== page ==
Buddha Air plane flies the wrong way, taking passengers to airport 160 miles from its destination

Wrong way, Bud! Buddha Air plane flies the wrong way and takes its passengers to airport 160 miles from its destination in Nepal

  • The Nepalese airline was supposed to fly south to Janakpur from Kathmandu’s  Tribhuvan International Airport
  • But instead it flew north west to Pokhara in central Nepal due to ‘human error’
  • 69 passengers were flummoxed to find themselves in the wrong Nepalese city 

A Nepalese airline accidentally dropped passengers at the wrong airport 160 miles from their intended destination after a mix-up by staff. 

The Buddha Airlines plane was supposed to fly south to Janakpur from Kathmandu’s Tribhuvan International Airport but instead it flew north west to Pokhara in central Nepal.

The 69 passengers were flummoxed when they found themselves looking out of their plane windows at the wrong Nepalese city. 

Passengers of the Buddha Air plane were shocked to find that they had landed at an airport 160 miles away from their intended destination. Pictured: Buddha Air plane at Kathmandu's Tribhuvan International Airport (file photo)

Passengers of the Buddha Air plane were shocked to find that they had landed at an airport 160 miles away from their intended destination. Pictured: Buddha Air plane at Kathmandu’s Tribhuvan International Airport (file photo)

The Nepalese airline was supposed to fly south to Janakpur from Kathmandu's Tribhuvan International Airport but instead it flew north west to Pokhara in central Nepal

The Nepalese airline was supposed to fly south to Janakpur from Kathmandu’s Tribhuvan International Airport but instead it flew north west to Pokhara in central Nepal

‘There was miscommunication between the ground staff and the pilots,’ an official from the airline told The Kathmandu Post. ‘The flying pilots also did not look at the passengers’ manifest.’   

Poor weather conditions meant flights to Pokhara were permitted until 3pm. Buddha Air took action and changed the flight numbers around and transferred the 69 passengers intending to go to Janakpur onto a flight cleared for Pokhara by air traffic controllers.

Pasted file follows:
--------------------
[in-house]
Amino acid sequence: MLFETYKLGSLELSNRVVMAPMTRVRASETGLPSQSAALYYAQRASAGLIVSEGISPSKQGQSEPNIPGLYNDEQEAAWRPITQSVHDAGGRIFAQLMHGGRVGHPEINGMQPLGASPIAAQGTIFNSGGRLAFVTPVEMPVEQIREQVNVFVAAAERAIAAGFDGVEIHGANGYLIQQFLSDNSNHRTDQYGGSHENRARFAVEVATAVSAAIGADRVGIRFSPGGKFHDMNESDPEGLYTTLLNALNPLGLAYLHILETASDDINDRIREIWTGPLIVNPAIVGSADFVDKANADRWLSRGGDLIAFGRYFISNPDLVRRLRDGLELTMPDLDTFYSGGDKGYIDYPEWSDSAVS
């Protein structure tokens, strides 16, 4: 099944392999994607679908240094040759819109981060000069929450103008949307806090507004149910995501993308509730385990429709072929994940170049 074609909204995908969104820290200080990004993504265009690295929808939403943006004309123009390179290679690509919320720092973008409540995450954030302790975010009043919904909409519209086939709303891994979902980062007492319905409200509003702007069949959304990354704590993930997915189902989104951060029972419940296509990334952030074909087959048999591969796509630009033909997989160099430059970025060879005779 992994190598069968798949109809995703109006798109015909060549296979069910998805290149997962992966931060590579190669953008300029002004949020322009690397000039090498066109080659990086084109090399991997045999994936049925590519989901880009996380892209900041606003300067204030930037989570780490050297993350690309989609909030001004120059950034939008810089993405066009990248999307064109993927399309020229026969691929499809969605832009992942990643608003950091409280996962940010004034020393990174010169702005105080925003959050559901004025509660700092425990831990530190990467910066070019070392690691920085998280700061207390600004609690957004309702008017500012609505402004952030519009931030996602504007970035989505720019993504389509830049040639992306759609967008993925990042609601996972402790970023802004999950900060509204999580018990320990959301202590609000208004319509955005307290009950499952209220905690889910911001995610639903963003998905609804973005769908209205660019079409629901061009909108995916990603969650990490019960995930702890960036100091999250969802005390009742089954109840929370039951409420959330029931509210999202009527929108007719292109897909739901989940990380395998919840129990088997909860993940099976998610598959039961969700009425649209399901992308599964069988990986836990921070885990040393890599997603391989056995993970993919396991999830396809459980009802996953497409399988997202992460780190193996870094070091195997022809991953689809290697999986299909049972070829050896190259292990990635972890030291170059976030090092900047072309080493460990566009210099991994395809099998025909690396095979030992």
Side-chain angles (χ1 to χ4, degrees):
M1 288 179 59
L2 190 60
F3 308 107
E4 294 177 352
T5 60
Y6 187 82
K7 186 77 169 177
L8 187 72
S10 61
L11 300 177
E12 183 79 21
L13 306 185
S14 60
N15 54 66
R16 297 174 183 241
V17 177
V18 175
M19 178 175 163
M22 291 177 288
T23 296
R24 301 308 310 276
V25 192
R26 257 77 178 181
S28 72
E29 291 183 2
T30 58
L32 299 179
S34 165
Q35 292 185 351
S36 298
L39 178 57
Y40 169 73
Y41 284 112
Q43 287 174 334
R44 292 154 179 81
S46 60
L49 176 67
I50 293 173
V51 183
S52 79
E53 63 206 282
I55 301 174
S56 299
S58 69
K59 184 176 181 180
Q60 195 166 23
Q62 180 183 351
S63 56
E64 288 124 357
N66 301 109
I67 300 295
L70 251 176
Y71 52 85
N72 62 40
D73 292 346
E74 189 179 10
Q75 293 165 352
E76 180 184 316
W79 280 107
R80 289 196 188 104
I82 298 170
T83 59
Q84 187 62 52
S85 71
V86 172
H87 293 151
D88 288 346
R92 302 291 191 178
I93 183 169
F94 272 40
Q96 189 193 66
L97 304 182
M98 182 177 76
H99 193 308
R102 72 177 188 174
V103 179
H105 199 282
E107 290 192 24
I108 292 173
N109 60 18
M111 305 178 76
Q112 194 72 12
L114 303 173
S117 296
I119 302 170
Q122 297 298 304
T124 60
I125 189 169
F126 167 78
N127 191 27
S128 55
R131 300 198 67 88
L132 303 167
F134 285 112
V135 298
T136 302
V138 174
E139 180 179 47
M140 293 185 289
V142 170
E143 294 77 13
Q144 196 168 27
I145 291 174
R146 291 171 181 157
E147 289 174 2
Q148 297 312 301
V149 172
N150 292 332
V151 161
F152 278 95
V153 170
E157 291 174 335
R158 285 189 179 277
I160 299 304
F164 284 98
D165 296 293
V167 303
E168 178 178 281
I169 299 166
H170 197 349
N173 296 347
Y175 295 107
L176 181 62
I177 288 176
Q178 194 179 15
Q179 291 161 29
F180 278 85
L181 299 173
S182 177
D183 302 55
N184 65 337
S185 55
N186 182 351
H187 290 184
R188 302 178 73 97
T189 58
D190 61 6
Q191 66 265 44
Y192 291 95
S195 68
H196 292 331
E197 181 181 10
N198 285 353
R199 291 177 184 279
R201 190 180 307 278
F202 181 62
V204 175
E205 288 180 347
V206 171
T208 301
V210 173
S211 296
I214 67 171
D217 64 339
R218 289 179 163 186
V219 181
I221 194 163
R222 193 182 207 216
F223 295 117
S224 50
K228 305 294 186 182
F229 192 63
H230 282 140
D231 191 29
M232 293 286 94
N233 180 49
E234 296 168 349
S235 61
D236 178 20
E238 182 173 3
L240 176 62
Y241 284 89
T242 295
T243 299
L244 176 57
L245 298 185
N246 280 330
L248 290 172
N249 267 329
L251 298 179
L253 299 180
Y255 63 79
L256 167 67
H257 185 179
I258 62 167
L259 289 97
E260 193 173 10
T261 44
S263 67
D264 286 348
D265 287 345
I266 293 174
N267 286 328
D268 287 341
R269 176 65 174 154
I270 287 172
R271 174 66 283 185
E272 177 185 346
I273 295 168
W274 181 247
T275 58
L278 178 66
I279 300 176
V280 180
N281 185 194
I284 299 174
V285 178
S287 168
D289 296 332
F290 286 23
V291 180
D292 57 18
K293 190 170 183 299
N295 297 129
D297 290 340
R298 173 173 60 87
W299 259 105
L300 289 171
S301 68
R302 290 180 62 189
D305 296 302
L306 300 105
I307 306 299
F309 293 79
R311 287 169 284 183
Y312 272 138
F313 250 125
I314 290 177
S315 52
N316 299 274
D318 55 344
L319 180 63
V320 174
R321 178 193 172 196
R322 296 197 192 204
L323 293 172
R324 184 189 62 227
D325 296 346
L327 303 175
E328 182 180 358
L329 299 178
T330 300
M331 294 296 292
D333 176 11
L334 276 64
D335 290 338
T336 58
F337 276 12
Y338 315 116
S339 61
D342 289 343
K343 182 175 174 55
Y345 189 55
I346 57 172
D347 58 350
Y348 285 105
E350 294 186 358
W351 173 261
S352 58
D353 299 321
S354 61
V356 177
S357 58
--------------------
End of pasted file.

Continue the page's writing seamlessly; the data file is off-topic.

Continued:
While everything was in the right order on paper, the ground staff and the flight attendant failed to brief the pilots about the change of flight number and so they flew the plane to Pokhara. 

The 69 passengers were flummoxed when they found themselves looking out of their plane windows to find themselves in the wrong Nepalese city of Pokhara. Pictured: Pokhara airport in Nepal (file photo)

The 69 passengers were flummoxed when they found themselves looking out of their plane windows to find themselves in the wrong Nepalese city of Pokhara. Pictured: Pokhara airport in Nepal (file photo)

The ‘breezy’ weather meant passengers who had boarded Buddha Air’s ATR 72 on Friday faced delays. The conditions meant pilots were having to rush to get out on time and use any available travel window in which they were allowed to take-off.  

‘Paperwork was fine,’ Birendra Bahadur Basnet, managing director of Buddha Air said. ‘There were weather conditions also so the pilots were more focused on flying.’

The passengers were flown to Janakpur directly from Pokhara later in the day, the airline said. 

The mix-up is said to have been caused by human error. 

‘It’s an occupational error, or a human error you can say,’ said Basnet. ‘Though such errors cause losses to the organisation, it has nothing to do with the safety issue.’

The passengers were flown to Janakpur directly from Pokhara later in the day, the airline said Pictured: Buddha Air plane standing at the Bharatpur Airport in Nepal (file photo)

The passengers were flown to Janakpur directly from Pokhara later in the day, the airline said Pictured: Buddha Air plane standing at the Bharatpur Airport in Nepal (file photo)

Buddha Air, admitting their mistake, have launched an internal investigation into the incident. 

‘Our internal committee will recommend an appropriate system not to repeat the mistake in the future,’ said Basnet.

Former director-general of the Civil Aviation Authority of Nepal, Tri Ratna Manandhar, said the incident happened due to miscommunication. 

‘It’s not part of safety lapses but it’s a serious lapse on the part of management,” said Manandhar. ‘Such lapses cause passengers to suffer. On the other hand, airlines too have to bear losses.’

These mishaps are rare. But in March last year, a British Airways plane intended for Düsseldorf in Germany instead landed in Edinburgh, Scotland after the flight paperwork was submitted incorrectly, according to reports. 

Nepalese airlines are all banned from flying in the EU because of concerns about how they are run and accidents are common. 

The EU Air Safety List ban airlines ‘for failure to adhere to the applicable international safety standards’. 

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